Mon Nov 12 22:28:05 EST 2007
Dan's pretty much right about the route from Beverly to Yarmouth via
Mass. Bay / Cape Cod Bay being pretty much an "RF bowling alley". Even
the Maine stations sound more "local" than most signals originating
from the southwestern or western suburbs of Boston (650, 850, 890,
1060, 1120, 1150, 1200, 1330, 1510, 1550, 1600).
Where I was listening was *somewhat* inland (nearer Route 6 than 6A) so
1570's signal was maybe a bit less accentuated in competition with 590
and 680 than it would be right at the shore.
Speaking of US daytime AM signals getting to Bermuda, the NYC 50 kW's
are biggest I'm fairly sure. Watt for watt, the Atlantic City /
Pleasantville / Wildwood, NJ kilowatt jobs do remarkably well according
to Charlie Taylor who was stationed at a US Navy facility there about
25 years ago. Norfolk / Newport News / Va. Beach area does very well
Bermuda's 1160 could be heard on the south side of the Cape (e.g. West
Dennis Beach) before the channel got piled on by two NJ stations and
Maine. But that's only half as far as WOKV-690 Jacksonville and R.V.C.
Turks & Caicos 530 which can also be heard all day in W. Dennis on good
As some on this list know, I do a fair amount of DX listening from the
car at Granite Pier in Rockport, MA. Having a "block of rock" (Cape
Ann) towards domestic stations you want to reduce and open seawater
towards foreign ones you want to enhance is an extremely effective
tool, especially when augmented by a directional antenna system
(car-top cardioid array = loop phased against whip, like an aircraft
See "http://home.comcast.net/~dx_lab/dx_2007-10.htm" for some sample
receptions made last month.
As far as what to do with WNSH, moving the transmitter to WESX's tower
would certainly give it some bang over more land area. Even the old
WMLO site (Endicott St. in Danvers, not far from a marsh) would have
Does siting a "North Shore station" on the South Shore (at/near 1030's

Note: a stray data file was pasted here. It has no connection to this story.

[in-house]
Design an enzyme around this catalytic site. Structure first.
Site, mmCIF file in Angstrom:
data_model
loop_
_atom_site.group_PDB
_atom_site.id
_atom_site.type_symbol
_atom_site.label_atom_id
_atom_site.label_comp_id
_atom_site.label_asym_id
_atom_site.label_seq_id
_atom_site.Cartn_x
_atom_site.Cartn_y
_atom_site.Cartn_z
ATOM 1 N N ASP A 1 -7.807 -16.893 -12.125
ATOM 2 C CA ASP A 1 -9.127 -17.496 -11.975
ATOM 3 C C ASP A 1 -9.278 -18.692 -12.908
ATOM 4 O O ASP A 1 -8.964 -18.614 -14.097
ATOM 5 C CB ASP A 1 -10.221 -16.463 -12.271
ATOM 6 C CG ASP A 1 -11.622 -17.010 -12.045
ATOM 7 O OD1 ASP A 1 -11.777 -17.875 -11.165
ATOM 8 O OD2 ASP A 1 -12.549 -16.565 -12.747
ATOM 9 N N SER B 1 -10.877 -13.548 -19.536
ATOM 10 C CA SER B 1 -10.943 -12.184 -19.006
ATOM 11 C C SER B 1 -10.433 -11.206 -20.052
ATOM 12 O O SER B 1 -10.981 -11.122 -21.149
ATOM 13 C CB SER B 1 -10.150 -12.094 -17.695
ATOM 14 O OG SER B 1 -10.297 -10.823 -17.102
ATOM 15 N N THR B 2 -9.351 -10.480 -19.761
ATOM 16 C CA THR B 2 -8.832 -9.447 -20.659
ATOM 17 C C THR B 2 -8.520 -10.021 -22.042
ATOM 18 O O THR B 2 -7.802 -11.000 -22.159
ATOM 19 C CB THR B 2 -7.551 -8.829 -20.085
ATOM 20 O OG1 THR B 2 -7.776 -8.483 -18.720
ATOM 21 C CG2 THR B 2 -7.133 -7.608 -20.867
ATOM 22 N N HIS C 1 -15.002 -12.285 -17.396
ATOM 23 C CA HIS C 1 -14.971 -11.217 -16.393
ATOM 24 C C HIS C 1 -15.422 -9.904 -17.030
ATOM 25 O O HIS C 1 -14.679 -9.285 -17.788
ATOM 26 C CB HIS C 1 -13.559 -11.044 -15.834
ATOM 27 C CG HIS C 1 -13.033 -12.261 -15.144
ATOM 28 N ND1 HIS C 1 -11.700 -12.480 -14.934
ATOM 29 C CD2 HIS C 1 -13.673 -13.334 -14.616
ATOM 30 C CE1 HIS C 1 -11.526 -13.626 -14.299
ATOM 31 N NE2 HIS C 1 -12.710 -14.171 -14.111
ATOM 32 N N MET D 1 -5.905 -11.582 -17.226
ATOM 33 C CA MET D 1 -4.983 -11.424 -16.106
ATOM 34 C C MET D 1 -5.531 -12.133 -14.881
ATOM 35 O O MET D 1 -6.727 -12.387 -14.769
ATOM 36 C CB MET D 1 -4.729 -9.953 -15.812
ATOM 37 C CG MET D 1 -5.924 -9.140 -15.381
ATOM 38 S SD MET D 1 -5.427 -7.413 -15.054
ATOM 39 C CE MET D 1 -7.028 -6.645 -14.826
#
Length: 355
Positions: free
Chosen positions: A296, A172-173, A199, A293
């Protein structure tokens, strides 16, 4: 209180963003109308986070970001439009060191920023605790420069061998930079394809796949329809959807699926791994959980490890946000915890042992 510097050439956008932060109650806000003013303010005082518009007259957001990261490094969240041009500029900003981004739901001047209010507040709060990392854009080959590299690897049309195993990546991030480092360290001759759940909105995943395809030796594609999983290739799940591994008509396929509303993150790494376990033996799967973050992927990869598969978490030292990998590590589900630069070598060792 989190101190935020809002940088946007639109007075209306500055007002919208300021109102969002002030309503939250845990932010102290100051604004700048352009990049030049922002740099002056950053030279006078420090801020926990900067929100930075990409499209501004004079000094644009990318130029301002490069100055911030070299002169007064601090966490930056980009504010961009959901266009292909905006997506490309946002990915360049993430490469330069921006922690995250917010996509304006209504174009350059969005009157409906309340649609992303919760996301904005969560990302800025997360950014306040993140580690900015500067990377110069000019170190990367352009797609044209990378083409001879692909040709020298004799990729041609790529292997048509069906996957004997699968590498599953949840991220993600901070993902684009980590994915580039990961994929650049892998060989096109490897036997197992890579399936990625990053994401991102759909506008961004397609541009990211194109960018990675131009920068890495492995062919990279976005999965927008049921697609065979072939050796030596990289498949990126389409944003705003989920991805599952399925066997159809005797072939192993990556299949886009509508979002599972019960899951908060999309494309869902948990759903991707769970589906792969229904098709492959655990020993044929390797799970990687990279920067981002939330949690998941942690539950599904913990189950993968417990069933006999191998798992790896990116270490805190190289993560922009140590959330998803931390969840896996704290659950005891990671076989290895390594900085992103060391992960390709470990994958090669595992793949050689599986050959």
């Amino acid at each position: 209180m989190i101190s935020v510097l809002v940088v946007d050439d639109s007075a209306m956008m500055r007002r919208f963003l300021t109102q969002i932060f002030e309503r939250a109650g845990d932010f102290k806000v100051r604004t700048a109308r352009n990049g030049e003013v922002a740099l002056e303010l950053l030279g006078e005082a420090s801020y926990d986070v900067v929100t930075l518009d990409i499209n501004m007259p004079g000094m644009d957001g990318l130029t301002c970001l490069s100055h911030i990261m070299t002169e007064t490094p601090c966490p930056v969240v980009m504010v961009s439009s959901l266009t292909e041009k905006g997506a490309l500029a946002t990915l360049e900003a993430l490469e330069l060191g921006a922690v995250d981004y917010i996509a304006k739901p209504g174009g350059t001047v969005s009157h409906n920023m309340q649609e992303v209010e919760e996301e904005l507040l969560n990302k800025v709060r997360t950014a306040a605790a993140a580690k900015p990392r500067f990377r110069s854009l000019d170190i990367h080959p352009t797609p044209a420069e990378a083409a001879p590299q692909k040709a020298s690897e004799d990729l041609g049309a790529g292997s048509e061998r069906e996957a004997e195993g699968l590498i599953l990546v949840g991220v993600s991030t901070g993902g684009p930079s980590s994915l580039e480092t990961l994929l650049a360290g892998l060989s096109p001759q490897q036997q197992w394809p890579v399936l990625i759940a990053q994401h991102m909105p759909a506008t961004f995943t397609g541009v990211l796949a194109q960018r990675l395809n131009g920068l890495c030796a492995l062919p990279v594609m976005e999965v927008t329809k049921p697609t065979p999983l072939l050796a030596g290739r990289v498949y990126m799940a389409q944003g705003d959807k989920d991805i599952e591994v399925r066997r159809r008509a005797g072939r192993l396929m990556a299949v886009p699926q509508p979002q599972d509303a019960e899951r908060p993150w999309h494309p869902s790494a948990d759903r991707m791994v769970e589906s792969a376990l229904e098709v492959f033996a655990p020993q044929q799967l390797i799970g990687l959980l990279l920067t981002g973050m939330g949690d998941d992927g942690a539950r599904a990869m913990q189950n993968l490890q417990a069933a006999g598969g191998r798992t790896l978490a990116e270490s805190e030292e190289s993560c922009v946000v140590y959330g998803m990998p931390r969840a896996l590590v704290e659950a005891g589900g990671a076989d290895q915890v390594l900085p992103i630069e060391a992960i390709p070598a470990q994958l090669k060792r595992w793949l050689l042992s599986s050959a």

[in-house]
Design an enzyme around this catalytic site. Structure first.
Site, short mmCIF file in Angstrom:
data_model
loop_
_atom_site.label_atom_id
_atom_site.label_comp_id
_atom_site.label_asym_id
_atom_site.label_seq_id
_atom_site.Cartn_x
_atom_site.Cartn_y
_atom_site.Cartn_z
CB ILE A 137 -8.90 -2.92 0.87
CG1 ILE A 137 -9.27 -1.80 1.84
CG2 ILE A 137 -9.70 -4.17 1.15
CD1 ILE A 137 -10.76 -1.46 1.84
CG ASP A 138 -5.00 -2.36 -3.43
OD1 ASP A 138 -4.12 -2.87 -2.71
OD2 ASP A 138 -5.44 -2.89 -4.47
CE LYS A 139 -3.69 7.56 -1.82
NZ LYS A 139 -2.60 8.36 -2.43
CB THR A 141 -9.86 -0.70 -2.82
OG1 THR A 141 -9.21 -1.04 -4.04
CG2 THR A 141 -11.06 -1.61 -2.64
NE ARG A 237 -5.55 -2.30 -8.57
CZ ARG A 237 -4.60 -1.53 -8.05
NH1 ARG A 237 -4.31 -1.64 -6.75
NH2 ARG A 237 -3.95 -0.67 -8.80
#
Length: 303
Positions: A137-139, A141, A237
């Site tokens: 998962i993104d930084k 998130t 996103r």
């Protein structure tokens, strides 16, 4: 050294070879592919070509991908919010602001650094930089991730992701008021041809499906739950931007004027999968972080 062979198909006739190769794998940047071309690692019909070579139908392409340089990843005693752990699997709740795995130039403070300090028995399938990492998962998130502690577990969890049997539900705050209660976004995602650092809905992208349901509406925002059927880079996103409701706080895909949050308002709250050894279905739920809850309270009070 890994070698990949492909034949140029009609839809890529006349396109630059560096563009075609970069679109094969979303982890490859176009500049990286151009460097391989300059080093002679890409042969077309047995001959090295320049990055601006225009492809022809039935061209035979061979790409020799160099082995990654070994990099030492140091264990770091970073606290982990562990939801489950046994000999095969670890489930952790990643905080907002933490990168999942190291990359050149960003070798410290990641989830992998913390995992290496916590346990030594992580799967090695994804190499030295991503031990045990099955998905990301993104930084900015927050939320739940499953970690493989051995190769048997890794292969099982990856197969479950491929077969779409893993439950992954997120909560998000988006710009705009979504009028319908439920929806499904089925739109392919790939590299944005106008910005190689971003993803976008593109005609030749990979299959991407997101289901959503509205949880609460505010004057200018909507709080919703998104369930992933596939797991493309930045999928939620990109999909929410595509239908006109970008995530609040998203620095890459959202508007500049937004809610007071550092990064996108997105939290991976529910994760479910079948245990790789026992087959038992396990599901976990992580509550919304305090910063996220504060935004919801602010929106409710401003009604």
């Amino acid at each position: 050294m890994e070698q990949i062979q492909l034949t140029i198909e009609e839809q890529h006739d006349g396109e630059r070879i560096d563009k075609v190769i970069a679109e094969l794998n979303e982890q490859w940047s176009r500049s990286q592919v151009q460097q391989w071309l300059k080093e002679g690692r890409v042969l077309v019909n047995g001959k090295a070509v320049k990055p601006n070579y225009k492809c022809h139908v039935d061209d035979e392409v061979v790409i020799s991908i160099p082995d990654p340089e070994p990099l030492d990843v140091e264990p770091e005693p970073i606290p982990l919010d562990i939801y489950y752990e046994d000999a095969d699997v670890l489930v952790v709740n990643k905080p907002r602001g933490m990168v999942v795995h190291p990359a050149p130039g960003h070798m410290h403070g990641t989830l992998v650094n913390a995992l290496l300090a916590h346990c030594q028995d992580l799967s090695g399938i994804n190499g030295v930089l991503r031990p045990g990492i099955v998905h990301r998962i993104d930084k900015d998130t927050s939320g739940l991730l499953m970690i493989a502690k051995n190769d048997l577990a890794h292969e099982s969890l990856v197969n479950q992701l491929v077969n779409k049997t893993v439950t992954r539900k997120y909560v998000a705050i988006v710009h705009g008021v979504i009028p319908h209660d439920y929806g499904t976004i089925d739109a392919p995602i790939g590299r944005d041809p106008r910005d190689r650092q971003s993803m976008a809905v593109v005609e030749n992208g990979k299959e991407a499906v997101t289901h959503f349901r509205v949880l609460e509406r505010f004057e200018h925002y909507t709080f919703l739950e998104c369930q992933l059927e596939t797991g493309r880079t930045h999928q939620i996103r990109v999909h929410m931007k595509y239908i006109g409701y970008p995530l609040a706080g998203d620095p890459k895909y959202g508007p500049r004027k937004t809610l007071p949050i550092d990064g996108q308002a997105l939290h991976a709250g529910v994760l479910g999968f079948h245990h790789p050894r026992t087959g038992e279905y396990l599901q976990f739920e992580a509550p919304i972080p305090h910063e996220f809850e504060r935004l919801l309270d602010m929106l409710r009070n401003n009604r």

or 1300's site) and having it shoot NE actually make more sense ?
Mark Connelly, WA1ION - Billerica, MA
Well, there's nothing but salt water from the water's edge in Beverly or
Peabody to the water's edge nearest your QTH on Cape Cod. So all but
0.1 miles of the 60+-mile distance is salt water. Let's assume for the
moment that I am right and that the inverse-distance field is 1080 mV/m
km (well below the Class D minimum of 1543). At 100 km, the field
would be close to 11 mV/m. None of the other stations you listed would
quite in that class. 950 should be next at close to 7 mV/m and 1360
probably be third at around 3.34. If WNSH's application is correct and
efficiency is greater than the Class D minimum, you can increase the
for WNSH by almost 50%--to over 16 mV/m. When WNSH's application was
kW directional, a friend of mine, who thought it was going to be
to the east (it really was not; it was to be directional to the north),
joked that WNSH was going to have the stongest signal in Bermuda of any
mainland AM. Despite the power reduction to 30 kW, I suspect that the
may be even more true now than it was when the power was to be higher.
Nevertheless, coverage of Cape Cod wasn't supposed to be the idea.
neither was coverage of Arlington.
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